I have never met Harold Planchon, but it would be an honor to shake his hand.
The well-written article in the Northwest Arkansas Times - “A Different Kind of Fight: Former Firefighter raises cancer issue” - begins this way:
“To the eye, Harold W. “Bud” Planchon of Fayetteville lacks hair and his skin seems a little dry. Inside, three-fourths of his liver and about 4 feet of his intestine are gone.
“The former Springdale firefighter has cancer.”
The veteran firefighter has a particularly ugly form of cancer - adenocarcinoma - that is recognized by 33 states as a work-related illness suffered by firefighters.
Arkansas is not among those states.
The cancer can develop as the result of breathing bin the fumes from diesel engines. Coupled with the added danger of fumes from burning chemicals, it can increase one’s chances of developing colon cancer. Well, 33 states in the Union agree that this is so.
Arkansas is not among those states.
The article goes on to bring in Don Zimmerman, executive director of the Arkansas Municipal League, who diminishes this man’s (and that of others) suffering with the cavalier dismissal of scientific proof, when he claims that the reason that so many other states view this as a genuine work-related illness is because of the “clout” of firefighters’ groups (unions?).
Well, at least he didn’t bring up “sound science.”
Not alone in his view, the Arkansas Local Police and Fire Retirement System takes much the same stance.
Taking issue with that is Ed Jaros, president of the Arkansas Professional Fire Fighters Association, who points out that there are cities in our state which install ventilation equipment in their station.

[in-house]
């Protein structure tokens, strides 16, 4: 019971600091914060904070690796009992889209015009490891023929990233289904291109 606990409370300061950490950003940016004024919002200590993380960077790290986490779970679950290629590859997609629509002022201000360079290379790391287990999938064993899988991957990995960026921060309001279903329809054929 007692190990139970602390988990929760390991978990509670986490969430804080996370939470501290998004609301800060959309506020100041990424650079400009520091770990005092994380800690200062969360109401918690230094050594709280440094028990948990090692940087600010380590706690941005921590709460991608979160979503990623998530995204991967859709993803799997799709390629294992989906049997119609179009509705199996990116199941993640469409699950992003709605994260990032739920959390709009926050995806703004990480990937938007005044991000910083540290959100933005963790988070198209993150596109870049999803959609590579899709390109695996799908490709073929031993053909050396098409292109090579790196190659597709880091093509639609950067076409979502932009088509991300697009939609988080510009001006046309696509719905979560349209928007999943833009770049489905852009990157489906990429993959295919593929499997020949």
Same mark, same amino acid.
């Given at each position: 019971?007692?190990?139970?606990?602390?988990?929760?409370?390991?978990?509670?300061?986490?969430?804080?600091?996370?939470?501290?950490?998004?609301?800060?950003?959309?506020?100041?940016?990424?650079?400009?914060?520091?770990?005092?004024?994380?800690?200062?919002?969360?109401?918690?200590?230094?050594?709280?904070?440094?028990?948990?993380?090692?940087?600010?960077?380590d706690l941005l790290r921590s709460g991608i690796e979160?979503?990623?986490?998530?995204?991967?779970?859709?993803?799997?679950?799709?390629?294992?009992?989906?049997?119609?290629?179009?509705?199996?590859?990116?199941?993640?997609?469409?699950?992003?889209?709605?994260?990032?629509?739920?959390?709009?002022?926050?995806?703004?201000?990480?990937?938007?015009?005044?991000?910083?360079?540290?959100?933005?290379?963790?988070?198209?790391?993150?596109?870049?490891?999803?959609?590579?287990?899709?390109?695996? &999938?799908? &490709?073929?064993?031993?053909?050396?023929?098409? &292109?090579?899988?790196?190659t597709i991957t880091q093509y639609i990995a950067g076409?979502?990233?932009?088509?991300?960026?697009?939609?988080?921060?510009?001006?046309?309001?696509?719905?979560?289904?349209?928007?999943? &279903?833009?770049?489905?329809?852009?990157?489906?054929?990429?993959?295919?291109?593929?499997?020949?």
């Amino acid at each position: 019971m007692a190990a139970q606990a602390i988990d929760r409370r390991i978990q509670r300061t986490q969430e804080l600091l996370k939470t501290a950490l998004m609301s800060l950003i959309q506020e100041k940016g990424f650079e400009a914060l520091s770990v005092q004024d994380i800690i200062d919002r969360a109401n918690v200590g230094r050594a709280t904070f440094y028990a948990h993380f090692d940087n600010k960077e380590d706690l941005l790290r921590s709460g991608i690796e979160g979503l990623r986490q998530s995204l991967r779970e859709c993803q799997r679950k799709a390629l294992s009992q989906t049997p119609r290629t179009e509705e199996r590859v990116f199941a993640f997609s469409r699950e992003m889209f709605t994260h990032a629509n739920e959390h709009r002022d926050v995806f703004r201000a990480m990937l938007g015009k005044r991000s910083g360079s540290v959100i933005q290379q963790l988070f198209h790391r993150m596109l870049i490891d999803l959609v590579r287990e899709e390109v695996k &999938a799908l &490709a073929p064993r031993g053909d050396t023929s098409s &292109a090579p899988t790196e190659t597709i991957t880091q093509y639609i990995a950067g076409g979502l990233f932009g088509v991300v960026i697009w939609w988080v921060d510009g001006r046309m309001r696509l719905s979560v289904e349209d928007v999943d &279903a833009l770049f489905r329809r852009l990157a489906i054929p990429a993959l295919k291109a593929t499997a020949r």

Quite correctly, it seems to me, he makes the link between installing the equipment and and cities taking such measures to decrease the risks to firefighters.
Pension fund administrators have been dithering when it comes his case, which he hopes will result in his family being able to qualify for survivor’s benefits, should his cancer be “officially:” recognized by the state of Arkansas as being work-related. His request was denied, but he will appeal that decision on December 6, when the pension board meets again.
Of course, the burden of proof lays entirely of Planchon’s shoulders.
How much proof will he need?
In a letter to those in control of the issue, Dr. Daniel S. Bradford of Highlands Oncology, wrote the following:
“Let me state this clearly: This data shows that firefighters have a 21 (percent) to 36 percent increased incidence of colon cancer compared to a healthy working population, with the only obvious difference being their occupational exposure history.”
Still, we have all seen this play out before; sometimes all the medical proof in the world just isn’t enough to sway people who are looking to protect their bottom line.
Firefighters put their lives on the line constantly, and the cold world-view of someone like Don Zimmerman should not prevail in these matters.
As Planchon says in the article, “It’s not right to have incurable, terminal cancer and wake up more concerned about finances than your health.”
Especially when it is your devotion to the community that has put you in the way of a killer that bureaucrats can simply see as just another statistic.
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